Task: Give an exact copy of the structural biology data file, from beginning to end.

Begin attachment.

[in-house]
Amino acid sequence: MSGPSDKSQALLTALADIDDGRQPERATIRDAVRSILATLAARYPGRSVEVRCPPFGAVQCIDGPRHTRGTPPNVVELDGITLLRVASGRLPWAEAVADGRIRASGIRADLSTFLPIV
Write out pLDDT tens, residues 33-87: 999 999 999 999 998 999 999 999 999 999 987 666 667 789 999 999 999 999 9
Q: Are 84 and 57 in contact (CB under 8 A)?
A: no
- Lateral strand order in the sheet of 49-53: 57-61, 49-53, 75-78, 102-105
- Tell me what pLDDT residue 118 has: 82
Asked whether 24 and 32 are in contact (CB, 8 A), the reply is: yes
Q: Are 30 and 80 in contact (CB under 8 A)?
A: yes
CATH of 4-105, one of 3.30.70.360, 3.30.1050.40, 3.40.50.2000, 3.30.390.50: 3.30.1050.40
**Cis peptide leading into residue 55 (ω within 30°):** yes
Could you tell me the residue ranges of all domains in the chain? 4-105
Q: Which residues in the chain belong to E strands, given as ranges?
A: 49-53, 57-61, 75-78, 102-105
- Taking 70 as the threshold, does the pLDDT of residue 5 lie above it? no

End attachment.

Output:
[in-house]
Amino acid sequence: MSGPSDKSQALLTALADIDDGRQPERATIRDAVRSILATLAARYPGRSVEVRCPPFGAVQCIDGPRHTRGTPPNVVELDGITLLRVASGRLPWAEAVADGRIRASGIRADLSTFLPIV
Write out pLDDT tens, residues 33-87: 999 999 999 999 998 999 999 999 999 999 987 666 667 789 999 999 999 999 9
Q: Are 84 and 57 in contact (CB under 8 A)?
A: no
- Lateral strand order in the sheet of 49-53: 57-61, 49-53, 75-78, 102-105
- Tell me what pLDDT residue 118 has: 82
Asked whether 24 and 32 are in contact (CB, 8 A), the reply is: yes
Q: Are 30 and 80 in contact (CB under 8 A)?
A: yes
CATH of 4-105, one of 3.30.70.360, 3.30.1050.40, 3.40.50.2000, 3.30.390.50: 3.30.1050.40
**Cis peptide leading into residue 55 (ω within 30°):** yes
Could you tell me the residue ranges of all domains in the chain? 4-105
Q: Which residues in the chain belong to E strands, given as ranges?
A: 49-53, 57-61, 75-78, 102-105
- Taking 70 as the threshold, does the pLDDT of residue 5 lie above it? no